The reports are coming in and still no one is really taking responsibility for the riot. Not the people who authorized and set up the big screen TVs in so-called ‘Fan Zones’ nor the people who should have been monitoring the number of people in downtown. The Mayor, Gregor Robertson, has nothing to say but that isn’t new. He ducks responsibility every chance he gets.[1] Chief Jim Chiu is not saying he had anything to do with it. So that really leaves the average citizen wondering how the hell things could go so wrong and no one took notice. I mean it is not like Game 7 Stanley Cup riots are new to Vancouver. It was apparent probably by the end of the 1st period of that game that things were not going to end well for the Canucks and their legions of fans; many of who were already on the ground in downtown Vancouver and inebriated. The only things everyone can agree on so far are that there was too much alcohol and Translink did a really good job of bringing people downtown.

So for free, Dispatches from the Swamp, will provide a report on how not to plan a riot. So here we go:

  1. Know whom you are inviting into the city – Canucks fans are mostly straight, white men between 15-50 years old.[2] Of those fans, a subset of younger fans, particularly in the 18-30 year range who will show up for a party at a fan zone. Anybody with half a brain cell knows that when you add alcohol and disappointment to this group of people and the mob mentality takes over you will have trouble. It is not that they set out to riot but they were all ramped up by all the media attention the game was getting. There was so my hype I wanted to hurl on a regular basis.
  2. We know that Vancouver downtown is surrounded by water on most sides. This makes it very difficult for people who want to get out of the city quickly. If 150,000+ people descend on a cramped space it is virtually impossible to move them all out in a reasonable amount of time. If there are ever fan zones set up again, they should be done in a secured area where access can be controlled and people can easily exit. People can be searched for alcohol and denied entry if they are intoxicated.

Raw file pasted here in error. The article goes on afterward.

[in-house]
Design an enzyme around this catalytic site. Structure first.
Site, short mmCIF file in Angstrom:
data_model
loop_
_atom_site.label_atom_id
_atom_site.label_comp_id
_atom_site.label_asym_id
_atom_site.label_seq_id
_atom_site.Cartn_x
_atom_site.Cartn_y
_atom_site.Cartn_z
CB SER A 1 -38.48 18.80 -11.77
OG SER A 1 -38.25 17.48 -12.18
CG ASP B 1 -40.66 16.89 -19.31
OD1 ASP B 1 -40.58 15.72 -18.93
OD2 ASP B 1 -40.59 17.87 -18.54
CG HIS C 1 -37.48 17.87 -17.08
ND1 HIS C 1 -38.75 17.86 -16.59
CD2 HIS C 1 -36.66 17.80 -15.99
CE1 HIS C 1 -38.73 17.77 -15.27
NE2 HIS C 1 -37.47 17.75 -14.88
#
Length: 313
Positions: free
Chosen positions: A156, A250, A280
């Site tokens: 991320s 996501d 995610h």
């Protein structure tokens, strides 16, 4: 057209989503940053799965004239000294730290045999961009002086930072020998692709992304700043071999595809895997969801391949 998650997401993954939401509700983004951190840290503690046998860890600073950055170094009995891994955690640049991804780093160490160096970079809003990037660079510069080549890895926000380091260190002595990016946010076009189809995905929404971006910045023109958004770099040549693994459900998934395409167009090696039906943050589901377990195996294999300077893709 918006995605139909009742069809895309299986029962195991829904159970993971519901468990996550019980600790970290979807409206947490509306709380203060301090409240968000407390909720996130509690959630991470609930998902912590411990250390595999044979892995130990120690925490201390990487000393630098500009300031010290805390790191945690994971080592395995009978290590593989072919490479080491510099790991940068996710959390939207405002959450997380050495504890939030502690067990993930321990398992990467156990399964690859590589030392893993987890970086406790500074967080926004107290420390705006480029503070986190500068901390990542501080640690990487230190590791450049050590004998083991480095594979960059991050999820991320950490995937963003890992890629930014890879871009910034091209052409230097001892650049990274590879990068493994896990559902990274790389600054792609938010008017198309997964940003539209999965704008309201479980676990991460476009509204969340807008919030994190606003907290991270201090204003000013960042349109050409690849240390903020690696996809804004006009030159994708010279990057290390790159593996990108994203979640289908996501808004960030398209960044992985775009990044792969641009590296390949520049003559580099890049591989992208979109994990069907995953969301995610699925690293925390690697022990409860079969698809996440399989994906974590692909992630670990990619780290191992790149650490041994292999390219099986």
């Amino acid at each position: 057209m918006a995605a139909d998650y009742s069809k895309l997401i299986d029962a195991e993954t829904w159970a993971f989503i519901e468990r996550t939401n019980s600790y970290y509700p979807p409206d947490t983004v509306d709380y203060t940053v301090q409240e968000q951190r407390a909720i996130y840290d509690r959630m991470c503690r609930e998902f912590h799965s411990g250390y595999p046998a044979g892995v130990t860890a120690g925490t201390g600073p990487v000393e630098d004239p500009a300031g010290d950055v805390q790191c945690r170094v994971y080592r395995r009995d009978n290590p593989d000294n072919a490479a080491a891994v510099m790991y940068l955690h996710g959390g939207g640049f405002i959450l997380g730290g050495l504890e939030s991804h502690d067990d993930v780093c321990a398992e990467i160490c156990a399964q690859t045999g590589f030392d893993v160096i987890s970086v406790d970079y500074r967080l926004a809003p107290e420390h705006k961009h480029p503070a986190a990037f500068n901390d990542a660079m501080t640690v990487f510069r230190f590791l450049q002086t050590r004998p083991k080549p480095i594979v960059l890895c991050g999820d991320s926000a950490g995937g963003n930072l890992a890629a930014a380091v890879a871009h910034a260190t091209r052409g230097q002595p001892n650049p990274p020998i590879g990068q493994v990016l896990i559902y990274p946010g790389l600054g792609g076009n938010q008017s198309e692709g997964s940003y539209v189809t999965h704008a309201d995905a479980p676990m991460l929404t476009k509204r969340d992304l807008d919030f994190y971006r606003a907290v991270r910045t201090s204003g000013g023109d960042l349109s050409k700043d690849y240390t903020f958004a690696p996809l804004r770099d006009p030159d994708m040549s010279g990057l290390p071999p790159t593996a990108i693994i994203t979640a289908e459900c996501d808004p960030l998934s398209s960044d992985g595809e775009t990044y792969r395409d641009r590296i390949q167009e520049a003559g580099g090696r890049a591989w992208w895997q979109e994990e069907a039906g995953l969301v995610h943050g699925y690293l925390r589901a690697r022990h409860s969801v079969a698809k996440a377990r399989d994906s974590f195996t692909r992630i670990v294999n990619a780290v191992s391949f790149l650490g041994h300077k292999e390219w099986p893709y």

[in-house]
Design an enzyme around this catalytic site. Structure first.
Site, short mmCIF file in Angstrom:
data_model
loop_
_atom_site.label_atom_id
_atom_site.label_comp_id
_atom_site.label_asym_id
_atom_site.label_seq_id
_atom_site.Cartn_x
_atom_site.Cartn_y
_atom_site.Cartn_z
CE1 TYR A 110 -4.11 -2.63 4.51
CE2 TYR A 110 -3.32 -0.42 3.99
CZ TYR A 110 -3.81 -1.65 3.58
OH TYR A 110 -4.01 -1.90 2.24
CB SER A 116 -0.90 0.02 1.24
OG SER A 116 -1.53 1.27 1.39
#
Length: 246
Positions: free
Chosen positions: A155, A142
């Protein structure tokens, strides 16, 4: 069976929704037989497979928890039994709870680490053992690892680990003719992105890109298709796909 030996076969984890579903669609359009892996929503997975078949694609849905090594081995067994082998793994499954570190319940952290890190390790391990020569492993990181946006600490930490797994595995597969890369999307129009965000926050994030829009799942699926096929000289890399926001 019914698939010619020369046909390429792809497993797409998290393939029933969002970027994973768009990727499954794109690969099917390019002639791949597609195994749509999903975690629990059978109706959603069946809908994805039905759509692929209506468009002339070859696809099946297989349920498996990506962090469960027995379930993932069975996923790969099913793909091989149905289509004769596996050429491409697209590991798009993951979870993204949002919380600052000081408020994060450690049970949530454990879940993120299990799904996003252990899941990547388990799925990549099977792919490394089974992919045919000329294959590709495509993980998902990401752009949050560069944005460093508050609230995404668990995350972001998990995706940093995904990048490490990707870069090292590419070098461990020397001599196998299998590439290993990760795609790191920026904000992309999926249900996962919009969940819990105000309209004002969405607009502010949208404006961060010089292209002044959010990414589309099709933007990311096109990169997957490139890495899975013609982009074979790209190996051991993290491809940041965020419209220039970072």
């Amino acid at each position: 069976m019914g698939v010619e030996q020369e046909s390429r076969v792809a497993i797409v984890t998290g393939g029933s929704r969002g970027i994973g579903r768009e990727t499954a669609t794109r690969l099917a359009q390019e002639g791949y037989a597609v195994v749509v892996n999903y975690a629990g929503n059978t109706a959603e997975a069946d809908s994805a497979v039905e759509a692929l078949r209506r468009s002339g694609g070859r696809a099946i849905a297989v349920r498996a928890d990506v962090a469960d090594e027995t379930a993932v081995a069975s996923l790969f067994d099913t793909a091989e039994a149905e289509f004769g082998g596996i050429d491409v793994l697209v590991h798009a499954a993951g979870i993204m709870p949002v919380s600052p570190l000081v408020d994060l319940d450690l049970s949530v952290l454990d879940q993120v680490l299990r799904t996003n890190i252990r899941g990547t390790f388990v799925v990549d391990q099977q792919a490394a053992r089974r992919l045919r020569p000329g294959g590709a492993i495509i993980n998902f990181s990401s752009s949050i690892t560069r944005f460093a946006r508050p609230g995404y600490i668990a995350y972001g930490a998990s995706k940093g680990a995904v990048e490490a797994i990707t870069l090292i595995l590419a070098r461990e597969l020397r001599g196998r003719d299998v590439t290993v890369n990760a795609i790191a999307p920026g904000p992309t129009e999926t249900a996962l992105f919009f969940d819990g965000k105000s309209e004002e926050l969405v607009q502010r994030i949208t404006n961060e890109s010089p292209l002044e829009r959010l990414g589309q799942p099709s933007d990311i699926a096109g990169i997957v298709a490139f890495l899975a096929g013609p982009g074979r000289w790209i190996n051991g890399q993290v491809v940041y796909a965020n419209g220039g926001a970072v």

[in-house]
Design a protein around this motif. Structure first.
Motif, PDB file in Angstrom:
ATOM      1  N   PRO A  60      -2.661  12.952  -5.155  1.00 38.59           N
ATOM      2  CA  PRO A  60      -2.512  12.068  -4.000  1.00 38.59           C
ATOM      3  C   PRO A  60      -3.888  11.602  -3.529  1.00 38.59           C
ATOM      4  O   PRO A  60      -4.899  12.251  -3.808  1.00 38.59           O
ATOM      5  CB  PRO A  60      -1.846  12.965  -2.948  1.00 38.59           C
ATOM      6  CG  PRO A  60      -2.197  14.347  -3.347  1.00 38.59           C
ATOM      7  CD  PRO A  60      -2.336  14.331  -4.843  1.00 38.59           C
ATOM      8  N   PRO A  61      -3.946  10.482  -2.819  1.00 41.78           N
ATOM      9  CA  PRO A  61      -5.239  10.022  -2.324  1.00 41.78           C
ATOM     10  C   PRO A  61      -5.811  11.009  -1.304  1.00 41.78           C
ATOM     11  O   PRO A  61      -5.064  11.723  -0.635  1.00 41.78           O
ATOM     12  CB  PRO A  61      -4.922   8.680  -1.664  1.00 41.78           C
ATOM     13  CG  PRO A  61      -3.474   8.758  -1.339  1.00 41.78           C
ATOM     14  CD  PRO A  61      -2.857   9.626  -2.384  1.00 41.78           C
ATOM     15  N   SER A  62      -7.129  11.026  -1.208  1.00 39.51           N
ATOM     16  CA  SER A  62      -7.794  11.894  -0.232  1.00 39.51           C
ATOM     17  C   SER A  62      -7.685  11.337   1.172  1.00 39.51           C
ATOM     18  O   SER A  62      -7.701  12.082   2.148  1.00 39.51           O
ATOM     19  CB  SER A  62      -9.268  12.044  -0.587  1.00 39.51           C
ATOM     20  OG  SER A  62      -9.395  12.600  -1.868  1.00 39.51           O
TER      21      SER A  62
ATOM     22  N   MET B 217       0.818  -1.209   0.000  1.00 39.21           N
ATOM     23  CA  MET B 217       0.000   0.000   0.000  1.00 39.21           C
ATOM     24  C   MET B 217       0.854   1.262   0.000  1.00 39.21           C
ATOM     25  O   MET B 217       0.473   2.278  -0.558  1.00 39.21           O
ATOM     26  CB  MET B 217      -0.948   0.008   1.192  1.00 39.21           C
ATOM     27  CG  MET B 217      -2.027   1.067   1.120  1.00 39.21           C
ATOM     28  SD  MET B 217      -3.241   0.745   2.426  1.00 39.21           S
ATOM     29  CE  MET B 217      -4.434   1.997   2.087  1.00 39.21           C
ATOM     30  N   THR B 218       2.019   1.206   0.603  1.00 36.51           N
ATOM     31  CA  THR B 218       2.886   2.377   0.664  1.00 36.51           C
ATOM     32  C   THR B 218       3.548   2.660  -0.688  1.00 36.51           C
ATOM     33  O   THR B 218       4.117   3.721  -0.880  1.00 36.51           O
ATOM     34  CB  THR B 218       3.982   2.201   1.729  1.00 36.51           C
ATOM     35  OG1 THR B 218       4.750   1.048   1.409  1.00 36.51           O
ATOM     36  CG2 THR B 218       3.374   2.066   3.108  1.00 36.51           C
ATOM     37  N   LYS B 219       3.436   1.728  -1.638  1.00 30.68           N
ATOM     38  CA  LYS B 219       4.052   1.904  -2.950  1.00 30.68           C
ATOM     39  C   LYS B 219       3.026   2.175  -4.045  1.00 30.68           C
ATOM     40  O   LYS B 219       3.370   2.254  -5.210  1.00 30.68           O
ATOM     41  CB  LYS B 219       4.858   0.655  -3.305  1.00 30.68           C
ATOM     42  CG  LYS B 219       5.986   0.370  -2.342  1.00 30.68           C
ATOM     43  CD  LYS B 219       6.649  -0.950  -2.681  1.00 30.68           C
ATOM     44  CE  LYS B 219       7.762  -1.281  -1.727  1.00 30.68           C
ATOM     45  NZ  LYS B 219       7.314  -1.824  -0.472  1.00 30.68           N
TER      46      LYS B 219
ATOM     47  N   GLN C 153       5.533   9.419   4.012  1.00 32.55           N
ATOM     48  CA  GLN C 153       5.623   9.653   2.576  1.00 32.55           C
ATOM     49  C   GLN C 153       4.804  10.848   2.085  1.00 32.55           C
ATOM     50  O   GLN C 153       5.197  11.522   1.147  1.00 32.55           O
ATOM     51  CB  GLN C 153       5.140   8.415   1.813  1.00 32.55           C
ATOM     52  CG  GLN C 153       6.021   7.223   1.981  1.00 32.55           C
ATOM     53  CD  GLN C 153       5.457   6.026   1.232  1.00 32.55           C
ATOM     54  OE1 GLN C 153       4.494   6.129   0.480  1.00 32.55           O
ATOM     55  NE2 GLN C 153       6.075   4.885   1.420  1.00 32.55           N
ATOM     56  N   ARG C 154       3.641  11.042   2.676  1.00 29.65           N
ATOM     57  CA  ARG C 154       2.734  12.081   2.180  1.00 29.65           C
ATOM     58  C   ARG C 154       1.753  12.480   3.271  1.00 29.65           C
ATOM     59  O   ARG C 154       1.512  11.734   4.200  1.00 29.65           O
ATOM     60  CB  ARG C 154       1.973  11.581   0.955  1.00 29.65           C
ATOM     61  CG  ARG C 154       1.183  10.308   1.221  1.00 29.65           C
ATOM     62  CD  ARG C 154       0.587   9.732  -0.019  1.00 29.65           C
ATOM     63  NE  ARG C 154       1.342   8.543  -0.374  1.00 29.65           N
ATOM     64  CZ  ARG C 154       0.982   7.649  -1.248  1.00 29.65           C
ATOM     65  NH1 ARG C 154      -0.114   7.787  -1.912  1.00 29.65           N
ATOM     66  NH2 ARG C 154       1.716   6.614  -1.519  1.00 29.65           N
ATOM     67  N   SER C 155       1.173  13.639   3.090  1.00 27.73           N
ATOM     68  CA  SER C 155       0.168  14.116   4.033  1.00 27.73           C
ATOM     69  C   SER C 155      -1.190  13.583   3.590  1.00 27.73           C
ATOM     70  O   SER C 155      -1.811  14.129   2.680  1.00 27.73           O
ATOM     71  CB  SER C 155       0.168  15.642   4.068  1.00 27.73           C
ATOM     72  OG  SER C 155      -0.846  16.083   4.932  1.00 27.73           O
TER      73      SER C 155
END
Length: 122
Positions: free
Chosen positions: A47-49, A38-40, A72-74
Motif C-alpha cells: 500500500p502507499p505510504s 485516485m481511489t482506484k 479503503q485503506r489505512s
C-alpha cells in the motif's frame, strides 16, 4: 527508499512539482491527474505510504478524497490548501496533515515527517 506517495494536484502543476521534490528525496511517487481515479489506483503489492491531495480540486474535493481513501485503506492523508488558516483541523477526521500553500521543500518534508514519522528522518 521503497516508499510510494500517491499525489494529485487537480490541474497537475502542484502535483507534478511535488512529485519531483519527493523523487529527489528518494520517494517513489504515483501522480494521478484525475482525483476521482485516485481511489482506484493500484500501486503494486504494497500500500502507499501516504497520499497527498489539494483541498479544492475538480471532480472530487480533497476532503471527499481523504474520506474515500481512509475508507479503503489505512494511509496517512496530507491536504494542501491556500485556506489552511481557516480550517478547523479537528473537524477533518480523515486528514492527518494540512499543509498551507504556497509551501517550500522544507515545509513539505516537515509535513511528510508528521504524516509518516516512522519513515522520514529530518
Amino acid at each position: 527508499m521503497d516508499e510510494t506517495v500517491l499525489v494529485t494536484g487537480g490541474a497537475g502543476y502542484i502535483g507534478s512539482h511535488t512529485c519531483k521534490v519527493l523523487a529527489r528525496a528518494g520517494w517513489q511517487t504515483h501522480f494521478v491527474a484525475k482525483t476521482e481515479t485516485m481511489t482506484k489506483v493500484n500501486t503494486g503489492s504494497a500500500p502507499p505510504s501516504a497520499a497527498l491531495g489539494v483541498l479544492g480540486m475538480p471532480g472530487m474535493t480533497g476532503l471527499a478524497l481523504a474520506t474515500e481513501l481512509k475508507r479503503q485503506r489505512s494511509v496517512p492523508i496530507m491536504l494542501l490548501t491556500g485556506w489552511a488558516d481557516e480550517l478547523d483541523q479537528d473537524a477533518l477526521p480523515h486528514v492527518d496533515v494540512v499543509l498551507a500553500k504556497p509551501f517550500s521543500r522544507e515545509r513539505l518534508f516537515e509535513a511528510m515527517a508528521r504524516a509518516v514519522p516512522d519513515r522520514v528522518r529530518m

3. We all know that people come from all over the lower mainland to celebrate hockey. There must be a coordinated police force made up of officers from all jurisdictions to ensure public safety. Then set up a fan zone in a big field somewhere like a large concert and emphasize security.
  4. Maybe even having an altered fan zone is not really appropriate for a do or die situation like Game 7 of the Stanley cup. Vancouver experienced another riot in the same circumstances. Why anyone thought this would not end badly is beyond me.

My last question is: Where are the Canucks in all of this? Wouldn’t you think that as a professional sports organization they could say something to their fans? I think they have a civic responsibility to encourage their fans to behave more appropriately while they are playing. If the Canucks do not do anything about this riot, I think they should be fined to help offset clean up costs for the city.

The provincial government also bears responsibility. The City of Vancouver asked for some financial help with the Stanley Cup playoffs policing efforts and the province did not assist. This clearly was a regional event rather than just a City of Vancouver event and as such the province should have done something.

Unless the various levels of government, the VPD and the Canucks get their shit together we may well have a ‘threepeat’ next year. Everyone must look at their roles in this completely predictable and avoidable event and ensure it does not happen again.


[1] For example the Pandora fires that killed 3 homeless men just before Christmas is a shining example of Gregor at his finest.

[2] I know I am generalizing and not every fan is a white straight man.

2 thoughts on “How not to plan a riot

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